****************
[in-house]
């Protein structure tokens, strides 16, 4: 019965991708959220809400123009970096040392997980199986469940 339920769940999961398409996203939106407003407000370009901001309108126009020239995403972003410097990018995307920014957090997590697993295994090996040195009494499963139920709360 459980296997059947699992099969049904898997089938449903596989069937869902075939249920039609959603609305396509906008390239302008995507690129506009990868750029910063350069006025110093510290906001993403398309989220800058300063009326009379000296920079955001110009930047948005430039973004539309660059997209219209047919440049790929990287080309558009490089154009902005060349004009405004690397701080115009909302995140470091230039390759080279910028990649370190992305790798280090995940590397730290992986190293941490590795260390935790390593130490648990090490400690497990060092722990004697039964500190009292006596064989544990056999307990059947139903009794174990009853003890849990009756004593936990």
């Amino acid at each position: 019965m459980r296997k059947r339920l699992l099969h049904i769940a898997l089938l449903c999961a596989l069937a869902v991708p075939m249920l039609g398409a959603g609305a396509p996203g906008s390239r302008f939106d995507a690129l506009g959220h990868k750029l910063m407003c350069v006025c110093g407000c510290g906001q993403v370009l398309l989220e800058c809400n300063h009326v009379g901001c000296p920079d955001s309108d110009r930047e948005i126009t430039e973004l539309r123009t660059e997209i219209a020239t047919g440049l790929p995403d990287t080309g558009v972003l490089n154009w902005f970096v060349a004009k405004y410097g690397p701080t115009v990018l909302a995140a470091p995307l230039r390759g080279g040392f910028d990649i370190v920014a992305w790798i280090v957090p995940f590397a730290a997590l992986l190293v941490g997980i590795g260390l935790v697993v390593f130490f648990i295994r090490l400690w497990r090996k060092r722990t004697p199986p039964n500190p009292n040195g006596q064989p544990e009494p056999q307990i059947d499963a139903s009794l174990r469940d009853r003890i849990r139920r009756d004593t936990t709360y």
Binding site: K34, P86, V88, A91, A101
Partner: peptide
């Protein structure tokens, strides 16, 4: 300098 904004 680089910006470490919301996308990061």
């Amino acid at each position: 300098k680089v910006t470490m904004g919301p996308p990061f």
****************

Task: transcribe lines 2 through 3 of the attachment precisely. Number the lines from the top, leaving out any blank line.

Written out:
């Protein structure tokens, strides 16, 4: 019965991708959220809400123009970096040392997980199986469940 339920769940999961398409996203939106407003407000370009901001309108126009020239995403972003410097990018995307920014957090997590697993295994090996040195009494499963139920709360 459980296997059947699992099969049904898997089938449903596989069937869902075939249920039609959603609305396509906008390239302008995507690129506009990868750029910063350069006025110093510290906001993403398309989220800058300063009326009379000296920079955001110009930047948005430039973004539309660059997209219209047919440049790929990287080309558009490089154009902005060349004009405004690397701080115009909302995140470091230039390759080279910028990649370190992305790798280090995940590397730290992986190293941490590795260390935790390593130490648990090490400690497990060092722990004697039964500190009292006596064989544990056999307990059947139903009794174990009853003890849990009756004593936990």
């Amino acid at each position: 019965m459980r296997k059947r339920l699992l099969h049904i769940a898997l089938l449903c999961a596989l069937a869902v991708p075939m249920l039609g398409a959603g609305a396509p996203g906008s390239r302008f939106d995507a690129l506009g959220h990868k750029l910063m407003c350069v006025c110093g407000c510290g906001q993403v370009l398309l989220e800058c809400n300063h009326v009379g901001c000296p920079d955001s309108d110009r930047e948005i126009t430039e973004l539309r123009t660059e997209i219209a020239t047919g440049l790929p995403d990287t080309g558009v972003l490089n154009w902005f970096v060349a004009k405004y410097g690397p701080t115009v990018l909302a995140a470091p995307l230039r390759g080279g040392f910028d990649i370190v920014a992305w790798i280090v957090p995940f590397a730290a997590l992986l190293v941490g997980i590795g260390l935790v697993v390593f130490f648990i295994r090490l400690w497990r090996k060092r722990t004697p199986p039964n500190p009292n040195g006596q064989p544990e009494p056999q307990i059947d499963a139903s009794l174990r469940d009853r003890i849990r139920r009756d004593t936990t709360y």